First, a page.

Get ready for a man-made fireball. A object discovered by the Catalina Sky Survey on Oct 3rd temporarily designated WT1190F is predicted to impact the Earth about 60 miles (100 km) off the southern coast of Sri Lanka around 6:20 Universal Time (12:20 a.m CST) on November 13.
The object orbits Earth with a period of about three weeks. Because it was also observed twice in 2013 by the same survey team, astronomers have the data they need to model its orbit and trajectory, and as far anyone can tell, it’s likely man-made.
Solar radiation pressure, the physical “push” exerted by photons of sunlight, is proportional to a space object’s area-to-mass ratio. Small, lightweight objects get pushed around more easily than heavier, denser ones. Taking that factor into account in examining WT1190F’s motion over two years, the survey team has indirectly measured WT1190F’s density at about 10% that of water. This is too low to be a typical asteroid made of rock, but a good fit with a hollow shell, possibly the upper stage of a rocket.
It’s also quite small, at most only about six feet or a couple of meters in diameter. Most or all of it is likely to burn up upon re-entry, creating a spectacular show for anyone near the scene. During the next week and a half, the European Space Agency’s NEO (Near-Earth Object) Coordination Center is organizing observing campaigns to collect as much data as possible on the object, according to a posting on their website. The agency has two goals: to better understand satellite re-entries from high orbits and to use the opportunity to test our readiness for a possible future event involving a real asteroid. The latter happened once before when 2008 TC3 (a real asteroid) was spotted on October 6, 2008 and predicted to strike Earth the very next day. Incredibly, it did and peppered the Sudan with meteorites that were later recovered.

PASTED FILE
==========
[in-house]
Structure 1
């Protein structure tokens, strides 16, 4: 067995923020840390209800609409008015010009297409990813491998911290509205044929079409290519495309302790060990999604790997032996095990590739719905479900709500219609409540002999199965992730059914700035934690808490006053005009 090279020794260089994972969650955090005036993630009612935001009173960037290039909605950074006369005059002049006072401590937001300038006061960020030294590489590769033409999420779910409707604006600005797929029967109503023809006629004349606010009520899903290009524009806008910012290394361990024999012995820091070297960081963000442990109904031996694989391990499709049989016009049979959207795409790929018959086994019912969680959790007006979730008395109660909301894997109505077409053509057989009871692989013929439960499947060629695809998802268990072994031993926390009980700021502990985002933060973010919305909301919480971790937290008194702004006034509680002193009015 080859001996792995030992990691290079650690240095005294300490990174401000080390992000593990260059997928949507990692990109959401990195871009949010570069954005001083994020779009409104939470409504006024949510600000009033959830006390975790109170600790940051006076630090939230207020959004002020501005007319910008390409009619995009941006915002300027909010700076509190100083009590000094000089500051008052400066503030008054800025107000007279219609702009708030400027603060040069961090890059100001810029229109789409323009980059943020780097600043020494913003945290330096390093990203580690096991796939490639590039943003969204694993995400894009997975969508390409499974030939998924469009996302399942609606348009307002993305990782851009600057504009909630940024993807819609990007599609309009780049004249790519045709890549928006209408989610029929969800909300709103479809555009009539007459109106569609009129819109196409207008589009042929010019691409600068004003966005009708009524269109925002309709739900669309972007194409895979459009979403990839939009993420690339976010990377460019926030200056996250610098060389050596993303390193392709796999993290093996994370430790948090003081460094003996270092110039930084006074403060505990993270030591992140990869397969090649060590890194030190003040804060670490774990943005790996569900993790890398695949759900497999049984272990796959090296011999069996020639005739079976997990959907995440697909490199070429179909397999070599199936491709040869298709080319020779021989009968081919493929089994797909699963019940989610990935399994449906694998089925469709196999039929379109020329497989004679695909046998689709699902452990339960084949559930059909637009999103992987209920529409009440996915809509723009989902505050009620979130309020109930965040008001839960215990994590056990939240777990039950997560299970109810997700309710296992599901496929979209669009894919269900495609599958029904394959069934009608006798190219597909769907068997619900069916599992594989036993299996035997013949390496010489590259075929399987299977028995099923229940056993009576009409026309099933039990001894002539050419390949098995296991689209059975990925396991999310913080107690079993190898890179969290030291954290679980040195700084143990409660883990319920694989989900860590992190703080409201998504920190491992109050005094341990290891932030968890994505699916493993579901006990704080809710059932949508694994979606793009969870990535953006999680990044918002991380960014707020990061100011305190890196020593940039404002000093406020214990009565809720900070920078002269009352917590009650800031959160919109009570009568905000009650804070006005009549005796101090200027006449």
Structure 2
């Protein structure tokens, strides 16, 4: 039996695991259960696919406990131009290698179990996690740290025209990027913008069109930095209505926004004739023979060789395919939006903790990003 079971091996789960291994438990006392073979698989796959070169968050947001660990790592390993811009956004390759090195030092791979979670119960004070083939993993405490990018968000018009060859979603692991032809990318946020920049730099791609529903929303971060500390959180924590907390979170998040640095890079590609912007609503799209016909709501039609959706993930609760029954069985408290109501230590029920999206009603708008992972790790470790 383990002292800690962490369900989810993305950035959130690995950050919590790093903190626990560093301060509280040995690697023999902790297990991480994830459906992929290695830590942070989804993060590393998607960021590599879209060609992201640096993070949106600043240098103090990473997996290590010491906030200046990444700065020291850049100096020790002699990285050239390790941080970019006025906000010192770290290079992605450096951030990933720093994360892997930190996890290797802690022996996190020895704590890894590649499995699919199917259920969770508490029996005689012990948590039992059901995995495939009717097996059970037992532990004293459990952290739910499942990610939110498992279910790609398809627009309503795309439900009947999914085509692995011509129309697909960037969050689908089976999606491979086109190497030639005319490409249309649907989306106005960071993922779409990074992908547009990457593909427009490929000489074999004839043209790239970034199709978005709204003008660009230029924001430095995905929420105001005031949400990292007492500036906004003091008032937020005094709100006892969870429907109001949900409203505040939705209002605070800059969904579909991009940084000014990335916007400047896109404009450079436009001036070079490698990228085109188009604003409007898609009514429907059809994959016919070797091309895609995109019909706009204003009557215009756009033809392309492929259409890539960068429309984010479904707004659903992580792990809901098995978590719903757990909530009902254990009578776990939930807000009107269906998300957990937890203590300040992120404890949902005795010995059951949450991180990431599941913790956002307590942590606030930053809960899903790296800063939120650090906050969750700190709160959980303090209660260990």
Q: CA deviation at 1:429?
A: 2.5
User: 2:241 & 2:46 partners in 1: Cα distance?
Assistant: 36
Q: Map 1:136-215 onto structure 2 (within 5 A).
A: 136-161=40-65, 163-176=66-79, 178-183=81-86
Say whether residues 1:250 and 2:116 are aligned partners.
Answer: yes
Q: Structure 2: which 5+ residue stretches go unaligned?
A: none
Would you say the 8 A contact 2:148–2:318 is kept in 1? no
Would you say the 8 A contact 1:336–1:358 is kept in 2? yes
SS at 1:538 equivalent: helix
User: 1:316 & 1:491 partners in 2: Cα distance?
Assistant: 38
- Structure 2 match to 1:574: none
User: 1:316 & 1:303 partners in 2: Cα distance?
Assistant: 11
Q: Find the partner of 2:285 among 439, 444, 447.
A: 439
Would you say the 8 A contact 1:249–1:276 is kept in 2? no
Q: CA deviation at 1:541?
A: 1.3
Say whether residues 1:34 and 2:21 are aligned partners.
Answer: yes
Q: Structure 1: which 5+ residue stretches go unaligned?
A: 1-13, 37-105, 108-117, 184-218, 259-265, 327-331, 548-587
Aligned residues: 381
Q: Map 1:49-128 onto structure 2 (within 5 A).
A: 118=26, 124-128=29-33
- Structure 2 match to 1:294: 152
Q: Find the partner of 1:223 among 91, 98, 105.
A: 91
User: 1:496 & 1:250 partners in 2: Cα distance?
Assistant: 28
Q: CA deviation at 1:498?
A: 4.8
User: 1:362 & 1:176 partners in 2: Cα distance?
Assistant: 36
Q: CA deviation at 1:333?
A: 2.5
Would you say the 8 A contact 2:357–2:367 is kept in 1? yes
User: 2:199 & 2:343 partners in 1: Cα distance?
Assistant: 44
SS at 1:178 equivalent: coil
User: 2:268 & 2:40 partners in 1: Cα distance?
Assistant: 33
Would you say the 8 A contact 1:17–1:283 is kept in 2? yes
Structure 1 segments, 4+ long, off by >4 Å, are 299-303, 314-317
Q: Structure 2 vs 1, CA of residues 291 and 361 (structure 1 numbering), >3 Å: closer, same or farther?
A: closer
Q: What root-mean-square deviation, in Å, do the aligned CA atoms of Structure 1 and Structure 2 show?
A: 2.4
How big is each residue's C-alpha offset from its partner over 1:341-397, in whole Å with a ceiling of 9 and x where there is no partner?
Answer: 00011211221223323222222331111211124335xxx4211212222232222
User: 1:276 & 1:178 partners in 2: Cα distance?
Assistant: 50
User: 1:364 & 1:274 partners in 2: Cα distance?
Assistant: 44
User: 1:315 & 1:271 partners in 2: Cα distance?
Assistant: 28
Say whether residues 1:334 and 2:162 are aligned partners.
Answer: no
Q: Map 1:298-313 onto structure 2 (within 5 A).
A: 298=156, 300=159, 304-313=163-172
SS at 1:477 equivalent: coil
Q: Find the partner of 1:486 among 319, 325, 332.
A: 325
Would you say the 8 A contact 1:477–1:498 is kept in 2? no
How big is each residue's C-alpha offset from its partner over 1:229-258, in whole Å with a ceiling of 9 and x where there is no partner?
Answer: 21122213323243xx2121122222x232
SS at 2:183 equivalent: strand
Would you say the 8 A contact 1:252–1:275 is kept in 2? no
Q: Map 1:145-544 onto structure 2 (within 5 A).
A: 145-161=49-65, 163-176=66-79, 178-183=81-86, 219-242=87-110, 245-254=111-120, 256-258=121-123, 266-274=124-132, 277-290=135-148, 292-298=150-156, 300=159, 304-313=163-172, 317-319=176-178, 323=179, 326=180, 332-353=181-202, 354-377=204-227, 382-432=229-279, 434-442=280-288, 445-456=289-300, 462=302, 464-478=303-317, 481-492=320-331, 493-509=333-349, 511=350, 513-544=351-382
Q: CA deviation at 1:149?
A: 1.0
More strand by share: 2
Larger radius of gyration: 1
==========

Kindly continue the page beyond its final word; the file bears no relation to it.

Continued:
Assuming WT1190F is artificial, its trans-lunar orbit (orbit that carries it beyond the Moon) hints at several possibilities. Third stages from the Saturn-V rockets that launched the Apollo missions to the Moon are still out there. It could also be a stage from one of the old Russian or more recent Chinese lunar missions. Even rockets used to give interplanetary probes a final push are game.
Case in point. What was thought initially to be a new asteroid discovered by amateur astronomer Bill Yeung on September 3, 2002 proved a much better fit with an Apollo 12 S-IVB (third) stage after University of Arizona astronomers found that spectra taken of the object strongly correlated with absorption features seen in a combination of man-made materials including white paint, black paint, and aluminum, all consistent with Saturn V rockets.
Apollo 13’s booster was the first deliberately crashed into the Moon, where it blew out it a crisp, 98-foot-wide (30-meter) crater. Why do such a crazy thing? What better way to test the seismometers left by the Apollo 12 crew? All subsequent boosters ended their lives similarly in the name of seismography. Third stages from earlier missions — Apollos 8, 10 and 11 — entered orbit around the Sun, while Apollo 12, which is orbiting Earth, briefly masqueraded as asteroid J002E3.
Bill Gray at Project Pluto has a page up about the November 13 impact of WT1190F with more information. Satellite and asteroid watchers are hoping to track the object before and right up until it burns up in the atmosphere. Currently, it’s extremely faint and moving eastward in Orion. You can click HERE for an ephemeris giving its position at the JPL Horizons site. How exciting if we could see whatever’s coming down before its demise on Friday the 13th!